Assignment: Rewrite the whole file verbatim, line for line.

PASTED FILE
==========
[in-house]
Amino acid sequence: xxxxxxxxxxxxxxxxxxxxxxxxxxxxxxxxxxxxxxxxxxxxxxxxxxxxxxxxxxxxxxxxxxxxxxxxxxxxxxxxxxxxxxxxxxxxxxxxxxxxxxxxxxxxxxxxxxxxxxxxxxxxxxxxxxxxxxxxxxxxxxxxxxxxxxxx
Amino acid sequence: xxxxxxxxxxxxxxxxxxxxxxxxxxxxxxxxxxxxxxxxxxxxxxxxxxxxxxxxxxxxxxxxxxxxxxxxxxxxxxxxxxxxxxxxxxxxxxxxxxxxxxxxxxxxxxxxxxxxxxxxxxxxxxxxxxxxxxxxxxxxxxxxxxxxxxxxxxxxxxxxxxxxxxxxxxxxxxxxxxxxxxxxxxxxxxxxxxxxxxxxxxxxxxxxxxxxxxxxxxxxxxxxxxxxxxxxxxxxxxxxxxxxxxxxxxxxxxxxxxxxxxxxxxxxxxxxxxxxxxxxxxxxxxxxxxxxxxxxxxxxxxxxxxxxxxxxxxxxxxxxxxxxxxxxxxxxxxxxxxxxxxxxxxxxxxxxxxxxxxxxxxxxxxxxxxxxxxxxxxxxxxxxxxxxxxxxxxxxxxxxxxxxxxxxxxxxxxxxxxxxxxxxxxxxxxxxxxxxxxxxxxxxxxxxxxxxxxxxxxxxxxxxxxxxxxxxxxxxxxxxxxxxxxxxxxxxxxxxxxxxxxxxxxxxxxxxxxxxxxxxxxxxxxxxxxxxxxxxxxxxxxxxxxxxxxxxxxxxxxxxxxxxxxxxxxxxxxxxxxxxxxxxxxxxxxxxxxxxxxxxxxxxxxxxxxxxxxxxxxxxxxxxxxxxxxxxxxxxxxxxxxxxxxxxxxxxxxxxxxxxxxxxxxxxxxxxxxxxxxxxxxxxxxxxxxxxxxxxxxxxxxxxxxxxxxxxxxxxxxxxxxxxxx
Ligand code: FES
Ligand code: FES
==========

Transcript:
[in-house]
Amino acid sequence: xxxxxxxxxxxxxxxxxxxxxxxxxxxxxxxxxxxxxxxxxxxxxxxxxxxxxxxxxxxxxxxxxxxxxxxxxxxxxxxxxxxxxxxxxxxxxxxxxxxxxxxxxxxxxxxxxxxxxxxxxxxxxxxxxxxxxxxxxxxxxxxxxxxxxxxx
Amino acid sequence: xxxxxxxxxxxxxxxxxxxxxxxxxxxxxxxxxxxxxxxxxxxxxxxxxxxxxxxxxxxxxxxxxxxxxxxxxxxxxxxxxxxxxxxxxxxxxxxxxxxxxxxxxxxxxxxxxxxxxxxxxxxxxxxxxxxxxxxxxxxxxxxxxxxxxxxxxxxxxxxxxxxxxxxxxxxxxxxxxxxxxxxxxxxxxxxxxxxxxxxxxxxxxxxxxxxxxxxxxxxxxxxxxxxxxxxxxxxxxxxxxxxxxxxxxxxxxxxxxxxxxxxxxxxxxxxxxxxxxxxxxxxxxxxxxxxxxxxxxxxxxxxxxxxxxxxxxxxxxxxxxxxxxxxxxxxxxxxxxxxxxxxxxxxxxxxxxxxxxxxxxxxxxxxxxxxxxxxxxxxxxxxxxxxxxxxxxxxxxxxxxxxxxxxxxxxxxxxxxxxxxxxxxxxxxxxxxxxxxxxxxxxxxxxxxxxxxxxxxxxxxxxxxxxxxxxxxxxxxxxxxxxxxxxxxxxxxxxxxxxxxxxxxxxxxxxxxxxxxxxxxxxxxxxxxxxxxxxxxxxxxxxxxxxxxxxxxxxxxxxxxxxxxxxxxxxxxxxxxxxxxxxxxxxxxxxxxxxxxxxxxxxxxxxxxxxxxxxxxxxxxxxxxxxxxxxxxxxxxxxxxxxxxxxxxxxxxxxxxxxxxxxxxxxxxxxxxxxxxxxxxxxxxxxxxxxxxxxxxxxxxxxxxxxxxxxxxxxxxxxxxxxxxx
Ligand code: FES
Ligand code: FES